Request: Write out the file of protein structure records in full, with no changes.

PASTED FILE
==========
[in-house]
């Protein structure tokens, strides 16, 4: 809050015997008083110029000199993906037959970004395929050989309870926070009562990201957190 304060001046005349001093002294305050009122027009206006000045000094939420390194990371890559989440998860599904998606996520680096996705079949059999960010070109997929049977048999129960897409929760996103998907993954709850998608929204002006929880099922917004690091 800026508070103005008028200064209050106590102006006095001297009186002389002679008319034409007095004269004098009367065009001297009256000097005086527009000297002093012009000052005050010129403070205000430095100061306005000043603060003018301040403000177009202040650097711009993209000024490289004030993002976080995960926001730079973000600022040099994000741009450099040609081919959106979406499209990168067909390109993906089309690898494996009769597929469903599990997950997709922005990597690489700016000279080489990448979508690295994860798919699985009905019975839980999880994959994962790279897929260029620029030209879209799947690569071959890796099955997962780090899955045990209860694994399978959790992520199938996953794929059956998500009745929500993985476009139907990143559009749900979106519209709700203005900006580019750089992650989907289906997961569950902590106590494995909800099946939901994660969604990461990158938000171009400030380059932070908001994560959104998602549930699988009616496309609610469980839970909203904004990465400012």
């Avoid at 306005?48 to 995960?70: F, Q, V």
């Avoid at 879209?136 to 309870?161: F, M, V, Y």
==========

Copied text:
[in-house]
């Protein structure tokens, strides 16, 4: 809050015997008083110029000199993906037959970004395929050989309870926070009562990201957190 304060001046005349001093002294305050009122027009206006000045000094939420390194990371890559989440998860599904998606996520680096996705079949059999960010070109997929049977048999129960897409929760996103998907993954709850998608929204002006929880099922917004690091 800026508070103005008028200064209050106590102006006095001297009186002389002679008319034409007095004269004098009367065009001297009256000097005086527009000297002093012009000052005050010129403070205000430095100061306005000043603060003018301040403000177009202040650097711009993209000024490289004030993002976080995960926001730079973000600022040099994000741009450099040609081919959106979406499209990168067909390109993906089309690898494996009769597929469903599990997950997709922005990597690489700016000279080489990448979508690295994860798919699985009905019975839980999880994959994962790279897929260029620029030209879209799947690569071959890796099955997962780090899955045990209860694994399978959790992520199938996953794929059956998500009745929500993985476009139907990143559009749900979106519209709700203005900006580019750089992650989907289906997961569950902590106590494995909800099946939901994660969604990461990158938000171009400030380059932070908001994560959104998602549930699988009616496309609610469980839970909203904004990465400012």
């Avoid at 306005?48 to 995960?70: F, Q, V």
């Avoid at 879209?136 to 309870?161: F, M, V, Y």